Then Jesus said to all,
“If anyone wishes to come after me, he must deny himself
and take up his cross daily and follow me.
For whoever wishes to save his life will lose it,
but whoever loses his life for my sake will save it.
What profit is there for one to gain the whole world
yet lose or forfeit himself?” – Luke 9. 23 – 25
As the Lenten Journey begins, the lectionary readings for today set before us an invitation to positive asceticism. Valentin Tomberg helpfully describes positive asceticism in the following way:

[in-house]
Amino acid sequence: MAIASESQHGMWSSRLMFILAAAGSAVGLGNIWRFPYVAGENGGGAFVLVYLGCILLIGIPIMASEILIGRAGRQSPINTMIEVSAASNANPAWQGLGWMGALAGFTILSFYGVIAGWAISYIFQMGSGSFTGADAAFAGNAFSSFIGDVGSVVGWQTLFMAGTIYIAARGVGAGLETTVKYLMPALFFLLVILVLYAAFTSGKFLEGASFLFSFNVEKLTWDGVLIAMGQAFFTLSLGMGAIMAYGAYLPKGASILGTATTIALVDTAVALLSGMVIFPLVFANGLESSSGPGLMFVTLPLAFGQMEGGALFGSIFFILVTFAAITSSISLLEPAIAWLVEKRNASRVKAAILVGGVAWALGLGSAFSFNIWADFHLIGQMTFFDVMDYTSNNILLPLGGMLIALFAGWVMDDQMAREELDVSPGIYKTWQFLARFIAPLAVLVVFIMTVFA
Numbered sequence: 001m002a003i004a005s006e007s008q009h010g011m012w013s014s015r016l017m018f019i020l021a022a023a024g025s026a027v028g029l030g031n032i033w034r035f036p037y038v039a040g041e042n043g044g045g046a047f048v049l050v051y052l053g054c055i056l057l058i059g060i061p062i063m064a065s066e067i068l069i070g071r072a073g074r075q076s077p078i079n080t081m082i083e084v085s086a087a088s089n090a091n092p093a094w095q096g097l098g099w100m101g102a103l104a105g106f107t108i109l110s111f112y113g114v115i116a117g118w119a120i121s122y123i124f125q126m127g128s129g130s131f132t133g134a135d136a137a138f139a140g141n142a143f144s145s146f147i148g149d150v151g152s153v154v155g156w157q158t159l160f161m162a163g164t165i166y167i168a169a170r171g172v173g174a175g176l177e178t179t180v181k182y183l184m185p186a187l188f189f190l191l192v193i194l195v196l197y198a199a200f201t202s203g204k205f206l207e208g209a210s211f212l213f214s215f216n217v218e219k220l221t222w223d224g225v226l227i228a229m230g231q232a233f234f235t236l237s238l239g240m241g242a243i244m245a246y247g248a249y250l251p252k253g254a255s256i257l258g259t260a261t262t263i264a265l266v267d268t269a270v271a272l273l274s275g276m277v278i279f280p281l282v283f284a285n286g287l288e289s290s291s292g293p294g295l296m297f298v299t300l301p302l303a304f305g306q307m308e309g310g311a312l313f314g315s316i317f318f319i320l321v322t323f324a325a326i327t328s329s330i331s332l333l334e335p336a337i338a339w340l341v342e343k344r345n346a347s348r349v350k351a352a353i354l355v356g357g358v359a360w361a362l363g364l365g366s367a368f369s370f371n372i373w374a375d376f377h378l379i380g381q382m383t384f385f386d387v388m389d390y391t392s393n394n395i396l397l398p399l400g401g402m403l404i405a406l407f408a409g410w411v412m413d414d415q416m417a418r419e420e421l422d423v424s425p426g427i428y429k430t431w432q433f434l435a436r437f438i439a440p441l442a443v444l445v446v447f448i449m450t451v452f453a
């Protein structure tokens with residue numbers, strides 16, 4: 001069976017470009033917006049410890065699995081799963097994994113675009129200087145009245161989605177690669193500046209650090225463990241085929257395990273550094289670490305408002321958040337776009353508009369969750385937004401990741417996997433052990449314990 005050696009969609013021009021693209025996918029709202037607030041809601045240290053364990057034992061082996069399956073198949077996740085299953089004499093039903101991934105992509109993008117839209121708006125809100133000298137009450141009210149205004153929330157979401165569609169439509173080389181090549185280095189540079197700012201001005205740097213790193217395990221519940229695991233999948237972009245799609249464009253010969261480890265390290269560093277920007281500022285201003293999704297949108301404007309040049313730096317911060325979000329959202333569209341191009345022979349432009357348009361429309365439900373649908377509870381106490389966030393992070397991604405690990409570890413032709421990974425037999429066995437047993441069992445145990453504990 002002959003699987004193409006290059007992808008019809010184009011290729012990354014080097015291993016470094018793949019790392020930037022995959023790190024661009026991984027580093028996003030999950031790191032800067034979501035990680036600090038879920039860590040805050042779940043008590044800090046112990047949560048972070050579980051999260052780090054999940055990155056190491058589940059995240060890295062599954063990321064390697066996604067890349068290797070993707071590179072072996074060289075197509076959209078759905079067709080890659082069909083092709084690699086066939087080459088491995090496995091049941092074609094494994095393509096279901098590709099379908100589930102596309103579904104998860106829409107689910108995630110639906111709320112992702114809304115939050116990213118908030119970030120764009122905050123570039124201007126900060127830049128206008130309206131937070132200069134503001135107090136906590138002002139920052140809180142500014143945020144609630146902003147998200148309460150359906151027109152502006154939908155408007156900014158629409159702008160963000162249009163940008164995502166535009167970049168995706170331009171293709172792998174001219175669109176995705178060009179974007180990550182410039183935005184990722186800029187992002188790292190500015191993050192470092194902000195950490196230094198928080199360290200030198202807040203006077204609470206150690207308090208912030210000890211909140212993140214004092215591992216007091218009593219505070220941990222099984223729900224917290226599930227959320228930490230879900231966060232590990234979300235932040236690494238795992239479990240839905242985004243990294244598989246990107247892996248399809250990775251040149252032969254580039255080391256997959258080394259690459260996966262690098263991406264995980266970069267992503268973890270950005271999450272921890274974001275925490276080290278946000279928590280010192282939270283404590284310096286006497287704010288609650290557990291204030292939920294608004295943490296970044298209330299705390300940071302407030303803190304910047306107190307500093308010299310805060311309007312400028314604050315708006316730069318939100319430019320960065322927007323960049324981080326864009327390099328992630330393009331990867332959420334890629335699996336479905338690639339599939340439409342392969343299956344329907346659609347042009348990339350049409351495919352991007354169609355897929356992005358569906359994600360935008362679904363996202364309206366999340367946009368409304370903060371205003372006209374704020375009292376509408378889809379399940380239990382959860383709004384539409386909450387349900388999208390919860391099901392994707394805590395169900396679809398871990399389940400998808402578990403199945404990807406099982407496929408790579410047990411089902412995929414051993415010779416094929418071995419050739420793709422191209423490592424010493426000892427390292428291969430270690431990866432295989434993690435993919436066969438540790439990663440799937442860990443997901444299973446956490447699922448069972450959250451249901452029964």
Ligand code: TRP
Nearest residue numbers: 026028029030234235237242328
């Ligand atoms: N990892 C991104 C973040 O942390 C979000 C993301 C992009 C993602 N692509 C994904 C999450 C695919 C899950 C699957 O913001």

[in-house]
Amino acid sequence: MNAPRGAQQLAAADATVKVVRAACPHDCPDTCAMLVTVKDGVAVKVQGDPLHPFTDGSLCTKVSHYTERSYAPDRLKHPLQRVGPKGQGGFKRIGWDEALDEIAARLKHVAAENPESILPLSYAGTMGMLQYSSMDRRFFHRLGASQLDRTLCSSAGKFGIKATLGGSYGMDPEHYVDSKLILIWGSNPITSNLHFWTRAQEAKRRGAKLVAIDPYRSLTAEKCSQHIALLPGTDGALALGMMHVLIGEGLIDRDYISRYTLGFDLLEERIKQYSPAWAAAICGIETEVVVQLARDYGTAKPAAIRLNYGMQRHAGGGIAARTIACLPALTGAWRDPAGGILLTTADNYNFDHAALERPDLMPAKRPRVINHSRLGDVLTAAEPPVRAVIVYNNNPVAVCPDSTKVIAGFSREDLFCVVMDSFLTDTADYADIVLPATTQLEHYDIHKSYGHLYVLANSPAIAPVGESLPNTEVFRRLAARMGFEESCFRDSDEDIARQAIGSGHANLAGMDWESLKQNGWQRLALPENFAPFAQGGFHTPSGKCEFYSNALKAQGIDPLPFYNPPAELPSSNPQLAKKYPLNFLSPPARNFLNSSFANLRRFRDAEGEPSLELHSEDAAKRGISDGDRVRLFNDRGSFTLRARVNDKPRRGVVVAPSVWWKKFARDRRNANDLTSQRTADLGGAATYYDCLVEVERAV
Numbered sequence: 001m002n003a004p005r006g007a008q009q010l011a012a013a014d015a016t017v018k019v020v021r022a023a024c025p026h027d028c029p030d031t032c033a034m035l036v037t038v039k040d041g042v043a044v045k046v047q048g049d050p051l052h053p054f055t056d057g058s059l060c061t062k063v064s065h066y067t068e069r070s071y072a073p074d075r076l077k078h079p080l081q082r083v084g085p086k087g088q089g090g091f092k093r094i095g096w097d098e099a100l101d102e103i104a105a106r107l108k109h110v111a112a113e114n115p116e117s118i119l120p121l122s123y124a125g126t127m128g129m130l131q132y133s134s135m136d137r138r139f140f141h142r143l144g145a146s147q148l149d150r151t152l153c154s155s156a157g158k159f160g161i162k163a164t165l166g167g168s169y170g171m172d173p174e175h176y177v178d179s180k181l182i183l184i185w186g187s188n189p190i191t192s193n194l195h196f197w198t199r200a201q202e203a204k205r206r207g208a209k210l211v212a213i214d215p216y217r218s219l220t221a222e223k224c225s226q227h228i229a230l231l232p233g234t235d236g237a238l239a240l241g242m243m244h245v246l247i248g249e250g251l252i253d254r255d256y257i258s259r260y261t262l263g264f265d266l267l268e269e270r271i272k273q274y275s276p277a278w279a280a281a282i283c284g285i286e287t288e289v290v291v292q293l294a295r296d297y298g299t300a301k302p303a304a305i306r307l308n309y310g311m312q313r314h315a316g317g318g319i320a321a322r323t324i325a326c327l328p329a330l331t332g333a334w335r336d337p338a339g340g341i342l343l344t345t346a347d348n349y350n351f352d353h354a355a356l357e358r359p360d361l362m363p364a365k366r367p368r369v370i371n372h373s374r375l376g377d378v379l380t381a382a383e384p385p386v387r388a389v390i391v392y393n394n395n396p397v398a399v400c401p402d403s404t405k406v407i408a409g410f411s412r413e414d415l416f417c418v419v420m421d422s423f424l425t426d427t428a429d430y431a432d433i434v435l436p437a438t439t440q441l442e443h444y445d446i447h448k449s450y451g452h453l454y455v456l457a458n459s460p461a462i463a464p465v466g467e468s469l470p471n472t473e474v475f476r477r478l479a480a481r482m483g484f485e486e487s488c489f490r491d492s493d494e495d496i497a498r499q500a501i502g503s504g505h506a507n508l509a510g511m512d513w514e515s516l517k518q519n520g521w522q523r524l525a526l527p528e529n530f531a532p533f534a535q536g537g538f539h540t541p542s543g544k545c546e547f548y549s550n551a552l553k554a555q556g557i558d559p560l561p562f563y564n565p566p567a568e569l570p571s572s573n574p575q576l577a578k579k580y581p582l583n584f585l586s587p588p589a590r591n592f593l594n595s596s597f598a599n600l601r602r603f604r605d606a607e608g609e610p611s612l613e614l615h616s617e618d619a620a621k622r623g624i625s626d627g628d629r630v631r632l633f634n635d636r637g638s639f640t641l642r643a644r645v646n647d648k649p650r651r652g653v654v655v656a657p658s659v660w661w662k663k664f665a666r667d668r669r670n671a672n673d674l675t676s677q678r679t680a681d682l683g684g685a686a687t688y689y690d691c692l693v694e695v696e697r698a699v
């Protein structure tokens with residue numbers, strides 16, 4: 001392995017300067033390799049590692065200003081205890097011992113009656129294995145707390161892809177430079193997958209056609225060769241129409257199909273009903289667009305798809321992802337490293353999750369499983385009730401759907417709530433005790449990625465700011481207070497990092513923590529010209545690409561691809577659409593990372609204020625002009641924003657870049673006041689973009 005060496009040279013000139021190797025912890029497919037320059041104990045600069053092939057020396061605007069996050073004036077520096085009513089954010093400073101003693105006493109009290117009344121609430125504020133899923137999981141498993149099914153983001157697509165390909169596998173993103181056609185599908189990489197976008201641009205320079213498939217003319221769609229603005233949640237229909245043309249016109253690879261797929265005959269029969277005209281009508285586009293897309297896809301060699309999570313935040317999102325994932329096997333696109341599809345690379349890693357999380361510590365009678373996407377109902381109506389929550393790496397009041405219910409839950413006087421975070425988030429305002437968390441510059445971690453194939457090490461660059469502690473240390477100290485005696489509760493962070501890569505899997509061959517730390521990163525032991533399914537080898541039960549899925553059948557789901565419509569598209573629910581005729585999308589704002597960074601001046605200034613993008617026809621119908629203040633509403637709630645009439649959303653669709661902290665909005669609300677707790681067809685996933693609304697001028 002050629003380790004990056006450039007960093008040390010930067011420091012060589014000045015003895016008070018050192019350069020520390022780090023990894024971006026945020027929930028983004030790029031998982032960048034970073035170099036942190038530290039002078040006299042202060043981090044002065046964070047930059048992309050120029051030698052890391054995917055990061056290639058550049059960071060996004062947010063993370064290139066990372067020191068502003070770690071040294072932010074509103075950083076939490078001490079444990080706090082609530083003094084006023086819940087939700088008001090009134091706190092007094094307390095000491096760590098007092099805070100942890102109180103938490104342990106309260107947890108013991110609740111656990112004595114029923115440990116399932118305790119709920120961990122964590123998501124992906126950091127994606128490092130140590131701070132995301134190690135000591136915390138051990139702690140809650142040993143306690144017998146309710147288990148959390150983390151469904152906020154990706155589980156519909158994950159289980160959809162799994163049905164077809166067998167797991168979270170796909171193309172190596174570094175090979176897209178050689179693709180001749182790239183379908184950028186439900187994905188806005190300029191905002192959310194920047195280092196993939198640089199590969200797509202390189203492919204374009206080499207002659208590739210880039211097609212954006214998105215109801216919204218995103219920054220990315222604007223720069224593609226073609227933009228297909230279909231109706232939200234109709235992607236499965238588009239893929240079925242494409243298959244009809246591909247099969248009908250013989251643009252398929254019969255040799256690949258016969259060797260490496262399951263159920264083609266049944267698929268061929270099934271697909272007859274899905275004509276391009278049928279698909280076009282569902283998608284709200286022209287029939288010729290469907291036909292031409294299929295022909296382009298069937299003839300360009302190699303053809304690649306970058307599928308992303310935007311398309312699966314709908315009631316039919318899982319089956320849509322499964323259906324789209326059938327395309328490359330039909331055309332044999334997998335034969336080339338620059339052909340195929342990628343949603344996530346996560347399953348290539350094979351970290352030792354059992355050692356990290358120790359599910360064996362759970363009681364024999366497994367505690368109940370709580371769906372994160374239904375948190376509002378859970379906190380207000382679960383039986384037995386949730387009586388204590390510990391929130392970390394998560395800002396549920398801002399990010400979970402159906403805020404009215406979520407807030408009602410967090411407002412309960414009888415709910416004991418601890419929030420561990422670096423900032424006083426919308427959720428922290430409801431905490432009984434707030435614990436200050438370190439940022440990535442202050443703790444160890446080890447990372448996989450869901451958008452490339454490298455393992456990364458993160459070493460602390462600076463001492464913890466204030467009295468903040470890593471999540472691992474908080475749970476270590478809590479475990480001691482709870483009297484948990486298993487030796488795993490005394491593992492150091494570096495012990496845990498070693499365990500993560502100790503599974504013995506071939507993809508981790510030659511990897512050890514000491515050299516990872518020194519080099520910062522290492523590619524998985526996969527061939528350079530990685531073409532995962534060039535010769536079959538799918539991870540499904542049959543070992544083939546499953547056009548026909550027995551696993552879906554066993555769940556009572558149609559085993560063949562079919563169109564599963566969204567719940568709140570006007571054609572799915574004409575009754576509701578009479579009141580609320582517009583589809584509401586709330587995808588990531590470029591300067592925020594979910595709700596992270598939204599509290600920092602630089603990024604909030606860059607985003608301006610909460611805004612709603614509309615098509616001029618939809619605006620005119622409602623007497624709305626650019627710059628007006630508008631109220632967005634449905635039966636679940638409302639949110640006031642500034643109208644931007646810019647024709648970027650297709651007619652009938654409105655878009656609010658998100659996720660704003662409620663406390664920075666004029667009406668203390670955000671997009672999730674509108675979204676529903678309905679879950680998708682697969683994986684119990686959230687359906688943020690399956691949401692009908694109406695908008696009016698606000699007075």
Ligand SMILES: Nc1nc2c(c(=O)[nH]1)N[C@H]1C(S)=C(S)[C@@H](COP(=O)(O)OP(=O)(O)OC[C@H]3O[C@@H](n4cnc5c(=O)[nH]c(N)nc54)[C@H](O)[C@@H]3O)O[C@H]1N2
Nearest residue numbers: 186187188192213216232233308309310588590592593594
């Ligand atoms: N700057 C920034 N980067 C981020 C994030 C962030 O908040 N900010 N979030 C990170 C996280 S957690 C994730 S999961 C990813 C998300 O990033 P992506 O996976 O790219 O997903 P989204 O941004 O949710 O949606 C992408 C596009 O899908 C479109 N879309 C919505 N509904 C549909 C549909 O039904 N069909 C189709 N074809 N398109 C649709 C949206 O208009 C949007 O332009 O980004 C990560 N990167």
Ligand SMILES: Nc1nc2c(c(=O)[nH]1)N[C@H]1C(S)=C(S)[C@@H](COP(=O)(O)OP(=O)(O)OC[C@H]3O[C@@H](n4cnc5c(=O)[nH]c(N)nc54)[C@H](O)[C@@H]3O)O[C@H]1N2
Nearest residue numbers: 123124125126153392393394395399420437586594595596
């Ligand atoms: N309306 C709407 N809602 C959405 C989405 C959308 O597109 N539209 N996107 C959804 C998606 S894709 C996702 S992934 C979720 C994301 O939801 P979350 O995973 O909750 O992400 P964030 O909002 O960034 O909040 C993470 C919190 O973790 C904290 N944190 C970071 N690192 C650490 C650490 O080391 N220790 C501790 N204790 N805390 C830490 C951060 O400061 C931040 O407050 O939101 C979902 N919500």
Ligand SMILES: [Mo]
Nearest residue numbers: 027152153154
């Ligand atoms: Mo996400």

“Positive asceticism does not struggle against the body but rather against the seed of evil in the soul, for the sake of its reunion with God…And if for example, [someone] passes the night in prayer, without sleep, they do not do so in order to deprive the body of rest, but rather in order to unite with God in prayer. St. Martin gave his coat to a poor man not because he wanted to make his body suffer from the cold but rather because he wanted to put an end to the suffering of his neighbor, whose body was deprived of protection against the cold. St. Anthony went into the desert not in order to make his body suffer but rather in order to be alone in the presence of God. A monk renounces marriage not because he hates love, women and children but rather because he is fired by the love of God and there is no room in him for another love. Positive asceticism is universal…The principle of positive asceticism is found enunciated in the Gospel in a way that could not be clearer: “the kingdom of heave in like a treasure hidden n a field, which a man found and and covered up, ten in his joy goes and sells all that he has and buys that field.” (Matthew 13.44).
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